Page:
Endophthalmitis, one of the most feared diagnoses in ophthalmology, is often associated with cataract surgery (acute-onset postoperative endophthalmitis) and is caused by coagulase-negative staphylococci, Staphylococcus aureus, Streptococcus species, and gram-negative bacteria.
Insights into handling those touched by this dreaded complication.
Several studies have reported a high prevalence of comorbidities, which can potentially predispose patients to development of endogenous endophthalmitis.
Endophthalmitis is a potentially devastating condition of intraocular procedures. It is an inflammation of internal coats of the eye along with inflammation of intraocular cavities i.e. aqueous and vitreous humour that occur as a result of intraocular colonization of microorganisms. It is one of the most feared complications of cataract extraction and other intraocular surgeries. Rarely, infectious endophthalmitis is the presenting feature of an underlying systemic infection.
The treatment of endophthalmitis has evolved significantly over the last several decades. As the number of surgical procedures has risen, so has the concern for the prevention of, and prophylaxis against, infection, along with improved treatment of infection when it does occur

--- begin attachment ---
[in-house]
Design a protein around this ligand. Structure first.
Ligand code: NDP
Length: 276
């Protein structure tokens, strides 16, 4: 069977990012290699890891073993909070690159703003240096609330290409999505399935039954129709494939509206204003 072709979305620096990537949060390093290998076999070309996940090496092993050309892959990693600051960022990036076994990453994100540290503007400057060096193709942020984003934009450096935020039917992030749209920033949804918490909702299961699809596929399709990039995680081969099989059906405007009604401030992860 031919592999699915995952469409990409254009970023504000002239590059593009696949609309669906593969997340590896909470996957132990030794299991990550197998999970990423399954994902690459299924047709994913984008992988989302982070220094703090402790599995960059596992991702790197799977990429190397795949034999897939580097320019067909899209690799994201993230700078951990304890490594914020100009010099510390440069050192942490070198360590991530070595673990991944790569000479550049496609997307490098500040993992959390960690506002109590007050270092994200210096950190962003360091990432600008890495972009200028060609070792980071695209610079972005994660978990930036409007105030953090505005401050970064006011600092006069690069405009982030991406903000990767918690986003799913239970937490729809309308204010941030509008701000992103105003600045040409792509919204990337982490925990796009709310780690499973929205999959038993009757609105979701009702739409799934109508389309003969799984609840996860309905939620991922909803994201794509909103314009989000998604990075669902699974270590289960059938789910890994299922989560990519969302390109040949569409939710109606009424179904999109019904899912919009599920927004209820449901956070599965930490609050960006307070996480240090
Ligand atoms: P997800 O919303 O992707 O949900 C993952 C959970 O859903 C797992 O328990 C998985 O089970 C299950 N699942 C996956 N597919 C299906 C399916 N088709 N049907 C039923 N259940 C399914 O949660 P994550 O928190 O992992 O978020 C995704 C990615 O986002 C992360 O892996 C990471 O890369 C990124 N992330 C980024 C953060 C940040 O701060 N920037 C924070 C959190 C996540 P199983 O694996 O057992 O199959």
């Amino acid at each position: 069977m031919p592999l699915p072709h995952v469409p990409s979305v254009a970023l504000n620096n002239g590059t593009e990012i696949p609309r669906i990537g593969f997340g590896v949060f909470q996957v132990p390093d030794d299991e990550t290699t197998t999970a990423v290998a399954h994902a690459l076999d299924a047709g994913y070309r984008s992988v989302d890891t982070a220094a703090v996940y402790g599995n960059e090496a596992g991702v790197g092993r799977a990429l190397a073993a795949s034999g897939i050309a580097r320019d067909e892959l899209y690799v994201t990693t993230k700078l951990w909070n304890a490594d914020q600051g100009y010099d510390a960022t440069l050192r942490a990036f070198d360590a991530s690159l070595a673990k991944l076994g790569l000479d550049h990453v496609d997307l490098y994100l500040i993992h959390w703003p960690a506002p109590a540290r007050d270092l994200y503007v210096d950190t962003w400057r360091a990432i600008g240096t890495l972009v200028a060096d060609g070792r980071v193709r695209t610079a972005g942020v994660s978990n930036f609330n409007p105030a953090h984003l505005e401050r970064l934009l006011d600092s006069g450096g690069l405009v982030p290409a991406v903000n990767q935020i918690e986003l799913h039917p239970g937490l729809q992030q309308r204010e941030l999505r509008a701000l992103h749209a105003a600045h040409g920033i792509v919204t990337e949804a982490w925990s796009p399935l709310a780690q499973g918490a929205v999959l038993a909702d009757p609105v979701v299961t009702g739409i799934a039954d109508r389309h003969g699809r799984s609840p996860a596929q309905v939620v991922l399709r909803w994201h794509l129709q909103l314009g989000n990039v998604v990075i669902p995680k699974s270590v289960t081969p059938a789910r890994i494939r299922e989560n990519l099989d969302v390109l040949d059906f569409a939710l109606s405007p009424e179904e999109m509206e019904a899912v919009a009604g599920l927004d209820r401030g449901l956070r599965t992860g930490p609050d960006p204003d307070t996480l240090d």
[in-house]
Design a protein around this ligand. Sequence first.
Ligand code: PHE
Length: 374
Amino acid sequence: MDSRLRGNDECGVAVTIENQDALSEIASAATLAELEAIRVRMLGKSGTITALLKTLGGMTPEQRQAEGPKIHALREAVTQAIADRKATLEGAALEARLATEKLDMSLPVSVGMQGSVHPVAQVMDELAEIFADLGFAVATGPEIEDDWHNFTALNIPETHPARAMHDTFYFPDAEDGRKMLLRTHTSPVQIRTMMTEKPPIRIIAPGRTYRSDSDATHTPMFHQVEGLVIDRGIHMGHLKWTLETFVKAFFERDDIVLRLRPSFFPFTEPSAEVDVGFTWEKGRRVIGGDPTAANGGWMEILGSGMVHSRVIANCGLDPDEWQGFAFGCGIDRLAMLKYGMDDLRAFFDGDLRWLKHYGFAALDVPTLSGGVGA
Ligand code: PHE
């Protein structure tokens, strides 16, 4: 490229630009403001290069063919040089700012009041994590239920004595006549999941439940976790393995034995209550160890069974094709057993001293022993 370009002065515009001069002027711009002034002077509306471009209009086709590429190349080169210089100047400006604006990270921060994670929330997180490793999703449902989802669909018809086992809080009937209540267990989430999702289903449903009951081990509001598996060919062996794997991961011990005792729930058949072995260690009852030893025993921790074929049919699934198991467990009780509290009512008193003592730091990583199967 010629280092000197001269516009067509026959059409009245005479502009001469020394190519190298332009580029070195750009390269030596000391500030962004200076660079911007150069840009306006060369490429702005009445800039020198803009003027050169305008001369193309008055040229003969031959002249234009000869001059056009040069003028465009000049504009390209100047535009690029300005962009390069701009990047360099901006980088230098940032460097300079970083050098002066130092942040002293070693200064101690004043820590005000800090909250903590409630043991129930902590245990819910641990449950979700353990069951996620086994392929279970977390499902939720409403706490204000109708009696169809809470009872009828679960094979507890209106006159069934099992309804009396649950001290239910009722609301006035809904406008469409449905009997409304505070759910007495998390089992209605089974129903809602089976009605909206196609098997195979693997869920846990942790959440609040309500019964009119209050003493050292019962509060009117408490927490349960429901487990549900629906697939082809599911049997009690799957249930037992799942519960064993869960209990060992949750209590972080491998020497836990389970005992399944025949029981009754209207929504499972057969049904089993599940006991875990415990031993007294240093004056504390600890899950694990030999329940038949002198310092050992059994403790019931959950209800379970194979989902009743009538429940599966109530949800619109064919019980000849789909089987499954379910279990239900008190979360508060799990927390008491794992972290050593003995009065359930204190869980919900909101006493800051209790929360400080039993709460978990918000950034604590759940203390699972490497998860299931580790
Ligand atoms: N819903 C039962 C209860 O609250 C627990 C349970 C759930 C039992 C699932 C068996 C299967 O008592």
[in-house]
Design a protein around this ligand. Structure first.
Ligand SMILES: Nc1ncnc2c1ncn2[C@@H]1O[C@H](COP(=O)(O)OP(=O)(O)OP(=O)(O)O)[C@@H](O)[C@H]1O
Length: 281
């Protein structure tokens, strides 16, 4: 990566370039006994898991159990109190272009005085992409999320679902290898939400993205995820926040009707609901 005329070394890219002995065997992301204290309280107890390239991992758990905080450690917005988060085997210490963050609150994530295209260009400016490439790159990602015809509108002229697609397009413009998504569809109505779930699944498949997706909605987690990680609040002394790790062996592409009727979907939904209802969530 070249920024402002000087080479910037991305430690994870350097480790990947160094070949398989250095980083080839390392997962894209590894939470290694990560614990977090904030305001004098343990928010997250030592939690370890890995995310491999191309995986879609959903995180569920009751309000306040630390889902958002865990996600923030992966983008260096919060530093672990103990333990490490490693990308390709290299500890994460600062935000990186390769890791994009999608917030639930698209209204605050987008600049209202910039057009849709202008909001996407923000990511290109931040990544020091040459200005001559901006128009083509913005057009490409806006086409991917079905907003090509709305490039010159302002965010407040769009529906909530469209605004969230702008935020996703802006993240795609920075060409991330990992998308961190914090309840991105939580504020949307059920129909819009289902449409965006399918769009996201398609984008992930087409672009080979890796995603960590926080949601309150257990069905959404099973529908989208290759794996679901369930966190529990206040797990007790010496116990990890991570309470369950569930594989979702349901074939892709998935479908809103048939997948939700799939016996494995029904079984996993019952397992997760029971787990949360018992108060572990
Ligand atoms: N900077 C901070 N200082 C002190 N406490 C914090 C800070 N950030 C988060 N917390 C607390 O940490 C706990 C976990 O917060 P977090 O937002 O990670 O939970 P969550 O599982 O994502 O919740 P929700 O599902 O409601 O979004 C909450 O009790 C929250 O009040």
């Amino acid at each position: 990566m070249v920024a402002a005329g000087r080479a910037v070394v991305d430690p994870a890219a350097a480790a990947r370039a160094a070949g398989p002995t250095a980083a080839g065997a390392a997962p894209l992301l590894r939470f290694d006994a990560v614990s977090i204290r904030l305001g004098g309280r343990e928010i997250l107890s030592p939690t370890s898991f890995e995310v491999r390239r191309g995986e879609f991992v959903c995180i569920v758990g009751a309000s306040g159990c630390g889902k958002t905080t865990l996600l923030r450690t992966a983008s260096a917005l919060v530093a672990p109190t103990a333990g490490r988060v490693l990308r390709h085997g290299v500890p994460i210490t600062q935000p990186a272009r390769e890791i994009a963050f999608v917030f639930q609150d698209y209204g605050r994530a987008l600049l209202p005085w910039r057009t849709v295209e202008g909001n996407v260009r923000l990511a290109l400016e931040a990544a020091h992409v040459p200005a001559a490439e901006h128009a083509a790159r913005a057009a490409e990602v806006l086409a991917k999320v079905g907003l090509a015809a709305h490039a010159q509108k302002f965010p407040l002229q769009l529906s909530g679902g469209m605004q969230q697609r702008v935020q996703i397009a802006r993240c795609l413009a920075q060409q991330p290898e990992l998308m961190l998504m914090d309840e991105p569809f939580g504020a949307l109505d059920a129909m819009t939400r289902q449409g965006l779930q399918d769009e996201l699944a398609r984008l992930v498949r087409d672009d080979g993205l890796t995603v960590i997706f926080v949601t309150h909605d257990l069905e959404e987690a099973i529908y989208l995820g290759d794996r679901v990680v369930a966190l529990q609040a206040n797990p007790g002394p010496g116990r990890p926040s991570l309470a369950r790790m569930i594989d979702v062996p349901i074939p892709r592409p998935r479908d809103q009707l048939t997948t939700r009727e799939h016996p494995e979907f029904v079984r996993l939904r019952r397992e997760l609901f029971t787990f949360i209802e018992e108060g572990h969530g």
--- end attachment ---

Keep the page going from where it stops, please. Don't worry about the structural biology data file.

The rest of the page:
Endophthalmitis means bacterial or fungal infection inside the eye involving the vitreous and/or aqueous humors. Most cases are exogenous and occur after eye surgery, after penetrating ocular trauma, or as an extension of corneal infection. An increasing number of cases are occurring after intravitreal injections of anti-vascular endothelial growth factor (VEGF) medications. Endophthalmitis may also be endogenous, arising from bacteraemic or fungaemic seeding of the eye.
Endophthalmitis is a rare but potentially sight-threatening disease characterized by marked inflammation of intraocular tissues and fluids. This ocular pathology can be divided into broad categories of exogenous and endogenous endophthalmitis.
In spite of advances over the past 100 years, endophthalmitis is an important sight threatening complication. Timely management with the appropriate use of antimicrobial agents may optimize visual outcomes.
Endophthalmitis is a rare, but clinically significant infection. It is often misdiagnosed due to the multitude of other ocular diseases that share similar presenting symptoms. It results from an infectious or non-infectious inflammatory process of the vitreous and aqueous humors. Missed or late diagnoses can have severe consequences, including permanent vision loss. The natural history of the disease thus necessitates a high degree of clinical suspicion in all patients, especially those at increased risk.
Endophthalmitis is a purulent inflammation of the intraocular fluids (vitreous and aqueous) usually due to infection.
Endophthalmitis is defined as an inflammation of inner coats of the eye, resulting from intraocular colonization of infectious agents with exudation within intraocular fluids. It is a potentially blinding condition. The category or type of endophthalmitis such as postoperative, post-traumatic, or endogenous, etc. influences the clinical presentation, microbiology, and visual outcome.